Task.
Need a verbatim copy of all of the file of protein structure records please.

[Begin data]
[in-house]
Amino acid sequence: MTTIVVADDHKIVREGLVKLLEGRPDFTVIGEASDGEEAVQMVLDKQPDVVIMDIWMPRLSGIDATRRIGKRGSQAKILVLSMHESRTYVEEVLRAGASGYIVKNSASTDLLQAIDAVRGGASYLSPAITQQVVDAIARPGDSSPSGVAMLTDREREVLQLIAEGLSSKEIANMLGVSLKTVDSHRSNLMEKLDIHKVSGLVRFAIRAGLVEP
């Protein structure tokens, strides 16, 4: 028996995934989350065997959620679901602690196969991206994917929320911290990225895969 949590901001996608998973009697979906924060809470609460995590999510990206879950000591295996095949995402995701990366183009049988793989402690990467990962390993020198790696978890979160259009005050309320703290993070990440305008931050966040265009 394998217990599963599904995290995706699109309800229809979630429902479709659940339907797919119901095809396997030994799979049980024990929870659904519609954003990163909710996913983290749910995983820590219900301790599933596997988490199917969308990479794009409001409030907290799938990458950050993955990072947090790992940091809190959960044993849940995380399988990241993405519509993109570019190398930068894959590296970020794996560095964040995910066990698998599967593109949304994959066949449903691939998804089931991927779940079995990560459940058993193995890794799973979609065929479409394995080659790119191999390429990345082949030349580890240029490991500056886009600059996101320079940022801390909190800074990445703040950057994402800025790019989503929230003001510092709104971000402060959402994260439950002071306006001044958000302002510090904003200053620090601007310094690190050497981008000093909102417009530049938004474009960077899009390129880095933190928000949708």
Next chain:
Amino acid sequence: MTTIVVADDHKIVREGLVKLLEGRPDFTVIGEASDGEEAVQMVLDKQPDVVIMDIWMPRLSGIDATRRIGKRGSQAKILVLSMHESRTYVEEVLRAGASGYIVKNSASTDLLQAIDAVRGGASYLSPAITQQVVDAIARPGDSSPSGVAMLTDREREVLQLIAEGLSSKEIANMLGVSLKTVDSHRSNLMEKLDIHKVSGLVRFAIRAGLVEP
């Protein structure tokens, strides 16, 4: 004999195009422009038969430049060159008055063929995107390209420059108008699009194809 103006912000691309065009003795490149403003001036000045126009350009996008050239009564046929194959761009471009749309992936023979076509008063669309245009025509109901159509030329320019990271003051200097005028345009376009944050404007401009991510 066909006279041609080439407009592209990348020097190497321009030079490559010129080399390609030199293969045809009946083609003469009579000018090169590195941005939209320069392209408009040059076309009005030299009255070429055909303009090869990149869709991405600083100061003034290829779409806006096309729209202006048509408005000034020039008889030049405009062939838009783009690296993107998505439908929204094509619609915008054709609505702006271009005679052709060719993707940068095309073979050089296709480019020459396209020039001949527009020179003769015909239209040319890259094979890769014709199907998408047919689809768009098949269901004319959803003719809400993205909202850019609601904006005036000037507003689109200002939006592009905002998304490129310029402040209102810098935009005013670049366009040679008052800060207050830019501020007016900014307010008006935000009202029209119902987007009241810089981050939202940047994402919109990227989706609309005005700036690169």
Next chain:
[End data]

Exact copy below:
[in-house]
Amino acid sequence: MTTIVVADDHKIVREGLVKLLEGRPDFTVIGEASDGEEAVQMVLDKQPDVVIMDIWMPRLSGIDATRRIGKRGSQAKILVLSMHESRTYVEEVLRAGASGYIVKNSASTDLLQAIDAVRGGASYLSPAITQQVVDAIARPGDSSPSGVAMLTDREREVLQLIAEGLSSKEIANMLGVSLKTVDSHRSNLMEKLDIHKVSGLVRFAIRAGLVEP
């Protein structure tokens, strides 16, 4: 028996995934989350065997959620679901602690196969991206994917929320911290990225895969 949590901001996608998973009697979906924060809470609460995590999510990206879950000591295996095949995402995701990366183009049988793989402690990467990962390993020198790696978890979160259009005050309320703290993070990440305008931050966040265009 394998217990599963599904995290995706699109309800229809979630429902479709659940339907797919119901095809396997030994799979049980024990929870659904519609954003990163909710996913983290749910995983820590219900301790599933596997988490199917969308990479794009409001409030907290799938990458950050993955990072947090790992940091809190959960044993849940995380399988990241993405519509993109570019190398930068894959590296970020794996560095964040995910066990698998599967593109949304994959066949449903691939998804089931991927779940079995990560459940058993193995890794799973979609065929479409394995080659790119191999390429990345082949030349580890240029490991500056886009600059996101320079940022801390909190800074990445703040950057994402800025790019989503929230003001510092709104971000402060959402994260439950002071306006001044958000302002510090904003200053620090601007310094690190050497981008000093909102417009530049938004474009960077899009390129880095933190928000949708």
Next chain:
Amino acid sequence: MTTIVVADDHKIVREGLVKLLEGRPDFTVIGEASDGEEAVQMVLDKQPDVVIMDIWMPRLSGIDATRRIGKRGSQAKILVLSMHESRTYVEEVLRAGASGYIVKNSASTDLLQAIDAVRGGASYLSPAITQQVVDAIARPGDSSPSGVAMLTDREREVLQLIAEGLSSKEIANMLGVSLKTVDSHRSNLMEKLDIHKVSGLVRFAIRAGLVEP
């Protein structure tokens, strides 16, 4: 004999195009422009038969430049060159008055063929995107390209420059108008699009194809 103006912000691309065009003795490149403003001036000045126009350009996008050239009564046929194959761009471009749309992936023979076509008063669309245009025509109901159509030329320019990271003051200097005028345009376009944050404007401009991510 066909006279041609080439407009592209990348020097190497321009030079490559010129080399390609030199293969045809009946083609003469009579000018090169590195941005939209320069392209408009040059076309009005030299009255070429055909303009090869990149869709991405600083100061003034290829779409806006096309729209202006048509408005000034020039008889030049405009062939838009783009690296993107998505439908929204094509619609915008054709609505702006271009005679052709060719993707940068095309073979050089296709480019020459396209020039001949527009020179003769015909239209040319890259094979890769014709199907998408047919689809768009098949269901004319959803003719809400993205909202850019609601904006005036000037507003689109200002939006592009905002998304490129310029402040209102810098935009005013670049366009040679008052800060207050830019501020007016900014307010008006935000009202029209119902987007009241810089981050939202940047994402919109990227989706609309005005700036690169």
Next chain: